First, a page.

Something is wrong in Sturt Street and it reflects on the atrophy and recalcitrance of a city that doesn't want to grow up.
Sturt Street is one of the great boulevards in regional Australia but it is at the same time one of the major east-west arterials in a city of 105,000 people.
Its initial magnificent broad design did not take into account the insatiable demands of modern parking, let alone the perils of high speed intersections.
The ambience of its park-like median and leisurely crossovers speak of another time.
Indeed pictures of an imagined halcyon era, show just how different a world it was; this delightful stretch of greens was a place where people lingered, listening at the bandstand, dreaming in the dappled shade.
But now wedged between two relentless flows of traffic it rarely catches this languid calm, nor would one wisely linger mid- thoroughfare the way people once did.
But as progress brought its change and traffic lights marched up the hill, setting their mark at every intersection and swiftly followed by the unsightly paraphernalia of traffic signs and parking meters, so too did the nature of the street.
The question has always been how to retain the best of the past and yet accommodate these changing times, not the least of which are those traffic controls which minimise the dangers of faster cars and more numerous traffic.
Sadly, aesthetics must take a back seat to safety. The most beautiful boulevard in the world is nothing when it is also a bloodbath.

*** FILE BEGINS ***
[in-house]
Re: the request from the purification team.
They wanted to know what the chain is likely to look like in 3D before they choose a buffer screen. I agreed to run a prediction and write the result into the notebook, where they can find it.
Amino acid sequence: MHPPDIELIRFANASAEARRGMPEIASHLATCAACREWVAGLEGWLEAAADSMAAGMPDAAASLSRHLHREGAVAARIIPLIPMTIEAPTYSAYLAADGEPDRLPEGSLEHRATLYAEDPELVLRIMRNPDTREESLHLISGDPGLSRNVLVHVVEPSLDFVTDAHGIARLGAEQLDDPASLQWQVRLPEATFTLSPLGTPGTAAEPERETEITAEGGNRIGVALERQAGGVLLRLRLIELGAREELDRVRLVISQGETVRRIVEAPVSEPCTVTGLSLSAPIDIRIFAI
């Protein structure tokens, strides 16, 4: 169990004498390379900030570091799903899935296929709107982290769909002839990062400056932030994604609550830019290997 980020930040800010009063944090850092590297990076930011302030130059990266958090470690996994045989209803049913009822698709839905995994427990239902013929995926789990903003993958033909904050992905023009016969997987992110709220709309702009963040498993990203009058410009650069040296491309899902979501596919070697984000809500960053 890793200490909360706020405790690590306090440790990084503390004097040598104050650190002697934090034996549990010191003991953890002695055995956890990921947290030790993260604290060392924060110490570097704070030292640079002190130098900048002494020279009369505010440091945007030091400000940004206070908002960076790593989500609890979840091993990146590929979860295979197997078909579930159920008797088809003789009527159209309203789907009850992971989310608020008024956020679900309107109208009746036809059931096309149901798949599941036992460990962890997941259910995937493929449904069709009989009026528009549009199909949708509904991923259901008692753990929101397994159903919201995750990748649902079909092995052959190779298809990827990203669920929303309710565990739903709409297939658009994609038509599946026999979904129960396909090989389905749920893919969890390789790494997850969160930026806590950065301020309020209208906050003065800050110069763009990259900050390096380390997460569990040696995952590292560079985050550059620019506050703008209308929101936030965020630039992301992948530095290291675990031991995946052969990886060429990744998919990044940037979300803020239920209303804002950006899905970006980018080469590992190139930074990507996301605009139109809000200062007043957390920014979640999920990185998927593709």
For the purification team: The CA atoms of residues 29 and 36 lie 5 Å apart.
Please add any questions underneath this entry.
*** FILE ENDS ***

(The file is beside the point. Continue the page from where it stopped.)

The problem for VicRoads is this is what they have to deal with on Ballarat’s most prominent street; in the five years to June, Sturt Street had 76 injury crashes between Grenville and Pleasant streets and probably countless more unrecorded fender benders and near misses.
Of these a staggering 43 or well over half, occurred at the six Sturt Street intersections without traffic lights.
“Learn how to drive!” the keyboard rabble shriek in their incontinent online responses, largely devoid of constructive ideas, foaming at any imposition - until they too fade away or themselves become victims.
This empty storm aside, what we know from modern traffic is that relying on skill or good will alone to solve safety problems has the makings for disaster.
So what is the solution? VicRoads is investigating but hasn’t yet revealed its options. Whatever they are, they’re sure to create resistance even as they become more critical for the future of a growing Ballarat.